# If Jane is not maximizing her utility, remembering the Law of Diminishing Marginal Utility, would she be better off to buy one less chicken sandwichandone more fry? Explain your reasoning and show any calculations.

**Assignment **

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In this Assignment, you will focus on marginal utility, Price Elasticity of Demand, and understanding the difference between Price Elasticity of Demand and Income Elasticity of Demand.

We all subconsciously assign “scores” to what we are considering to purchase, based on our expected level of “satisfaction” (Marginal Utility) with that purchase. When making simultaneous pairs of purchases, again we subconsciously compare the amount of “satisfaction” (Marginal Utility) that we will receive from the pair of purchases. To decide on the “ideal” combination of these two purchases, we expect that the last dollar we spend on each of the items will give us the “same” satisfaction per dollar (Marginal Utility per dollar). Further, we know that the MORE of an item that we get, the next one we get will give us LESS “satisfaction” Marginal Utility) than the last one gave us (the Law of Diminishing Marginal Utility). Using what you have learned about Marginal Utility and Marginal Utility per dollar, answer the following questions.

**Questions**

- Jane has been working all day, missing both her breakfast and lunch. Finally able to leave work, after being required to work a couple of hour’s overtime, she is starving. Jane has $20 in her pocket, so she stops at a local fast food restaurant and orders a grilled chicken sandwich (somewhat healthy) and fries (not so healthy). As she sits down to eat them, a Kaplan University student approaches her and tells her that she is doing a research project for her microeconomics course, and would like to ask Jane a few quick questions. Jane agrees and the student asks what “score” (Marginal Utility) from 1 to 100 would she give as her satisfaction level with the 1
^{st}sandwich and the 1^{st}fries? After eating that order, Jane is still hungry and orders a second chicken sandwich and another fries. Again, the student asks Jane to give her new scores. Since Jane has not eaten all day, she is hungry enough to order a third round of food and again gives “scores” to the inquisitive student.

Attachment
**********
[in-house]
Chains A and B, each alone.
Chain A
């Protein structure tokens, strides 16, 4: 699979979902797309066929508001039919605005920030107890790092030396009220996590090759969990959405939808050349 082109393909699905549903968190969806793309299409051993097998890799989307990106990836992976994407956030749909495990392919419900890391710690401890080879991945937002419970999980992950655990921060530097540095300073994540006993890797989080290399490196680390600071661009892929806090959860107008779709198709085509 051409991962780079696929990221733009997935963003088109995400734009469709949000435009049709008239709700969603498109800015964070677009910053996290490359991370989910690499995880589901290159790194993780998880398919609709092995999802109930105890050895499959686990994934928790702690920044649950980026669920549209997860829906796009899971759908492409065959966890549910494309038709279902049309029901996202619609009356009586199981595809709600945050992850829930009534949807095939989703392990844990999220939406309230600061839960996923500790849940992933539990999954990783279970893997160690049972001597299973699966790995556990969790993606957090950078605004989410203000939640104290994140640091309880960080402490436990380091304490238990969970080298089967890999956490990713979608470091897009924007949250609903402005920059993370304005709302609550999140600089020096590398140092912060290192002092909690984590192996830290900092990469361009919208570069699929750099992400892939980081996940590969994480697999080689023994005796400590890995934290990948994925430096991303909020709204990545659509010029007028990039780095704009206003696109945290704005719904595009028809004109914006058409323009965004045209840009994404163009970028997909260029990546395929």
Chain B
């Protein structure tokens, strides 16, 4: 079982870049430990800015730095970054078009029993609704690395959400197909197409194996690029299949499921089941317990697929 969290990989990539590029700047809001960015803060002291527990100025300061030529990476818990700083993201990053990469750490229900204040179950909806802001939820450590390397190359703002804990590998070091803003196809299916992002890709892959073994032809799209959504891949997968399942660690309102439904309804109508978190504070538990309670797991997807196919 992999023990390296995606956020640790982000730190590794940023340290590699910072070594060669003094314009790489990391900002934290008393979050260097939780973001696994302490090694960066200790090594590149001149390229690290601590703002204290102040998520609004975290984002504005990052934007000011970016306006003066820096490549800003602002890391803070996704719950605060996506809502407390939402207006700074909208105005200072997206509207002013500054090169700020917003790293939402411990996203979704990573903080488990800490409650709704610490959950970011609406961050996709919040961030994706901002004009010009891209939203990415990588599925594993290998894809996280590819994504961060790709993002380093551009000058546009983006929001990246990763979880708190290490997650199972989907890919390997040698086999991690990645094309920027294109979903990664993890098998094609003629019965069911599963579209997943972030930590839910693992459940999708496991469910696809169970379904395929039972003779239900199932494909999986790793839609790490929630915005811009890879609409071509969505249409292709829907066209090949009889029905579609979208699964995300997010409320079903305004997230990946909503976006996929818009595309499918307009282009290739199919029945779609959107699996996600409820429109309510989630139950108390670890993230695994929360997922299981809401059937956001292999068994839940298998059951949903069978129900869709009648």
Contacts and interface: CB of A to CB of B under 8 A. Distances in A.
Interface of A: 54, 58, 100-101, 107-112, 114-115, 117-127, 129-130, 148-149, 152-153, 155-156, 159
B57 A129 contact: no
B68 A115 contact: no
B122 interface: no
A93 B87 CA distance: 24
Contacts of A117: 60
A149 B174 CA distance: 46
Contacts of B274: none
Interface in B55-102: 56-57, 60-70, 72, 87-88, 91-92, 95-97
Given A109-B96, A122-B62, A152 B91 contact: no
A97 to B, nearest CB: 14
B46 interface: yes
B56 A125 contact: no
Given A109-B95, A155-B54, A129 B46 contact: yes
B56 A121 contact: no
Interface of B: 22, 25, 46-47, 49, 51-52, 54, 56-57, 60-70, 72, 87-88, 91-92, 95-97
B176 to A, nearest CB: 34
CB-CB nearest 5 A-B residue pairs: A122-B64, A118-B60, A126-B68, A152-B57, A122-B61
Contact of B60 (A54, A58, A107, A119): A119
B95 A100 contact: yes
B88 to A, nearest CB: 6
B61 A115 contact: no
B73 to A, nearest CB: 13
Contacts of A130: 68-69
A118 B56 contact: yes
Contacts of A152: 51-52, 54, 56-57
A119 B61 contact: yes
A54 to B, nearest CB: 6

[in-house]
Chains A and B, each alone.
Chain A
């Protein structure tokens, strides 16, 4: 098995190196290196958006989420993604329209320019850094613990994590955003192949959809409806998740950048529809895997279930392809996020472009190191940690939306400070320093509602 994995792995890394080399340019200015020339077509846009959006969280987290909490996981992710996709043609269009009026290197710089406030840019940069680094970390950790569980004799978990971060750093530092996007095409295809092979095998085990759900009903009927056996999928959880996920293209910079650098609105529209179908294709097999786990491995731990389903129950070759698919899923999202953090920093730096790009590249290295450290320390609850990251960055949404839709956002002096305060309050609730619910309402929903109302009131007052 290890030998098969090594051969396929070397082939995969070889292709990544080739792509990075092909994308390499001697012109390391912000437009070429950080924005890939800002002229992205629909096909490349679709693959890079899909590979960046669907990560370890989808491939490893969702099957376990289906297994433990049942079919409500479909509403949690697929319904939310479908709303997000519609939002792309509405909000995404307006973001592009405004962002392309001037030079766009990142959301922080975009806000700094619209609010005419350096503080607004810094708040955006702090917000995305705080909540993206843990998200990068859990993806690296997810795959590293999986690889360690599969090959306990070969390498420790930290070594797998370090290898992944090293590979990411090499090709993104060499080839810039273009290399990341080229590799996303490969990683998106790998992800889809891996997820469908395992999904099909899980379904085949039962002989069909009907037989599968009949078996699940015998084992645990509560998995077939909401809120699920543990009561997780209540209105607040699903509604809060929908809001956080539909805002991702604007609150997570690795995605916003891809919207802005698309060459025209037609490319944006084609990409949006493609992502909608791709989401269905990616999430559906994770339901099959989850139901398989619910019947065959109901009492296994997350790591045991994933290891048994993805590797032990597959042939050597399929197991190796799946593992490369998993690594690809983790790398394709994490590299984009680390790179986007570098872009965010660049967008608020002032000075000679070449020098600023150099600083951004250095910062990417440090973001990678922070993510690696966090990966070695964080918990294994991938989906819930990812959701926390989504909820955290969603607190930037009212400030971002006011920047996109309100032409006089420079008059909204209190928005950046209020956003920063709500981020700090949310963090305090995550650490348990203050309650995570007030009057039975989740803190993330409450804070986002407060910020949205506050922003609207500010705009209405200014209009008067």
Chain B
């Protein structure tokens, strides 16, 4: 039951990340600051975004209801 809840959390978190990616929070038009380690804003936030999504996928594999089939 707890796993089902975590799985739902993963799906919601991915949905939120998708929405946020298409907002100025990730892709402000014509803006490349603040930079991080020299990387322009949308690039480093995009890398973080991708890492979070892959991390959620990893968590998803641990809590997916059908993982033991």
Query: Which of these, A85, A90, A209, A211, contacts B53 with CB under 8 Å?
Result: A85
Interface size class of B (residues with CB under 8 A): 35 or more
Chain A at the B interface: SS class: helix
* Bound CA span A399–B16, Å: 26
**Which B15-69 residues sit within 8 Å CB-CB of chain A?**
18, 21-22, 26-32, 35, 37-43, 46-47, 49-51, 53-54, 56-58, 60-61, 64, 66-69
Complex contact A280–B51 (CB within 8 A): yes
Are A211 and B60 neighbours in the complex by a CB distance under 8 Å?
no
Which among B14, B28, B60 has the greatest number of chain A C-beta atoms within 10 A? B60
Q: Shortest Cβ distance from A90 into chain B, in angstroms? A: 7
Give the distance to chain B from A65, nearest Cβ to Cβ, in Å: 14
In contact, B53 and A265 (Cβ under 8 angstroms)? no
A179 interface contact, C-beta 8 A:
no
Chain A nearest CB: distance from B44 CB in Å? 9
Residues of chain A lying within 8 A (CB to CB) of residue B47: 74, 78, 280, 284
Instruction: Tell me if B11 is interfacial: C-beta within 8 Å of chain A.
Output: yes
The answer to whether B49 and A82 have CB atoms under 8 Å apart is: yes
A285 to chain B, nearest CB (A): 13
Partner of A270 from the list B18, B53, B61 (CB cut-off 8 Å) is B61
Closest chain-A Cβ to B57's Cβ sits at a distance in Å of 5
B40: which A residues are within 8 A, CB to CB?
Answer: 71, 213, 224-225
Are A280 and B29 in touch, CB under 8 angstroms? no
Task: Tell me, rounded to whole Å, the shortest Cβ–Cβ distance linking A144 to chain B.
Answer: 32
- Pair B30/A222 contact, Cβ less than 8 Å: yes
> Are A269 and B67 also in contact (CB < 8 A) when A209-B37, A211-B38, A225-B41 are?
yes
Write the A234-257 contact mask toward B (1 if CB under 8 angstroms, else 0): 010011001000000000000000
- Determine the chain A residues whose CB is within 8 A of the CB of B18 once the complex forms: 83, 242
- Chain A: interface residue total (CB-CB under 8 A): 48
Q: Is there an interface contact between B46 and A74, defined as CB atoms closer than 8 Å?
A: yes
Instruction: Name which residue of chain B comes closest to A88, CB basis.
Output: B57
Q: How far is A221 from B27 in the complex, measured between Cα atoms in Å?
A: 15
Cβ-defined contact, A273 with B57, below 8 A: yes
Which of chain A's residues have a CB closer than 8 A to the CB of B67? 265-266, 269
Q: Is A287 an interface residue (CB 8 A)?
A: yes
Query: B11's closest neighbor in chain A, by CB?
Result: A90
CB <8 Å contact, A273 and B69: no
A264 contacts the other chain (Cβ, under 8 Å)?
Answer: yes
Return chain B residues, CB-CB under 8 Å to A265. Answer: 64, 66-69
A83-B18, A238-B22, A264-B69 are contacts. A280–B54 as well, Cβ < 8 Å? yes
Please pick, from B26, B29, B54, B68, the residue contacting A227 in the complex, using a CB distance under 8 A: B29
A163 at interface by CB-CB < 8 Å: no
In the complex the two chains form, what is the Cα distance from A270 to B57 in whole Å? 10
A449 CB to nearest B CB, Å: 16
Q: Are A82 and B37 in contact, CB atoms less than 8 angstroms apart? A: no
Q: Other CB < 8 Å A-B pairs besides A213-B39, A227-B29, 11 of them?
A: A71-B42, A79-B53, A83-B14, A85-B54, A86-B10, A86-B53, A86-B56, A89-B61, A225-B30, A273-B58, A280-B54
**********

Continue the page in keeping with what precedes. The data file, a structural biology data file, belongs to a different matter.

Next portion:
Below is the Kaplan student’s completed experiment tally sheet of Jane’s marginal utility “scores” and the calculation of her marginal utility per dollar, given that each sandwich costs $4.00 and each order of fries costs $2.00, along with her budget of $20. The student filled in the shaded cells based on Jane’s responses, then computed the values in the remaining cells. Using this information, answer the following questions:

- Is Jane maximizing her utility? Explain your reasoning and show any calculations.

- If Jane is not maximizing her utility, remembering the Law of Diminishing Marginal Utility, would she be better off to buy one
**less**chicken sandwich**and**one**more**fry? Explain your reasoning and show any calculations.

- If Jane is not maximizing her utility with the original purchase combination, remembering the Law of Diminishing Marginal Utility, would she be better off buying just one
**more**fry? Explain your reasoning and show any calculations.

- If Jane is not maximizing her utility with the original purchase, remembering the Law of Diminishing Marginal Utility, would she be better off buying one
**less**fries**and**one**more**chicken sandwich? Explain your reasoning and show any calculations.

- Remembering the Learning Practice in Unit 3, in the year 107 WBCE (Way Before the Common Era) the Gondwanaland Chairman of Production reported that the gosum berry growers were able to meet an average demand of 700 barrels of gosum berries per month at an average a price of $70 per barrel.

In the year 108 WBCE the growers were plagued with a gosum berry bug infestation that reduced average output, causing production to fall to only 600 barrels per month, causing the price to rise to $84 per barrel. The following table shows the Chairman’s report:

Year (WBCE) | Monthly barrels of gosum berries demanded | Price per barrel |

107 | 700 | $70 |

108 | 600 | $84 |

- Using the midpoint method, calculate the price elasticity of demand for Gondwanaland gosum berries. Explain what this price elasticity of demand means?

- What is the monthly average total revenue for year 107, and the monthly average total revenue for year 108? How do these numbers compare to each other?

Year (WBCE) | Monthly barrels of gosum berries demanded | Price per barrel | Monthly average total revenue |

107 | 700 | $70 | |

108 | 600 | $84 | |

Change inaverage total monthly revenue |

- Using your answer to part a. above, how could you have predicted this change in total monthly revenue?

- The Gondwanaland Chairman of Production reported that the new Altair chariots (most modern, horse drawn family chariot) had a PRICE elasticity of 3 and an INCOME elasticity of 2. The supply of these Altair chariots is elastic. Evaluate the following statements and explain why you think they are true, or false.

- A 20% increase in the price of the Altair chariot will cause the quantity demanded to fall by an astounding 60%.

- An increase in Gondwanaland consumers’ incomes will cause prices to rise, but the total quantity demanded will also increase.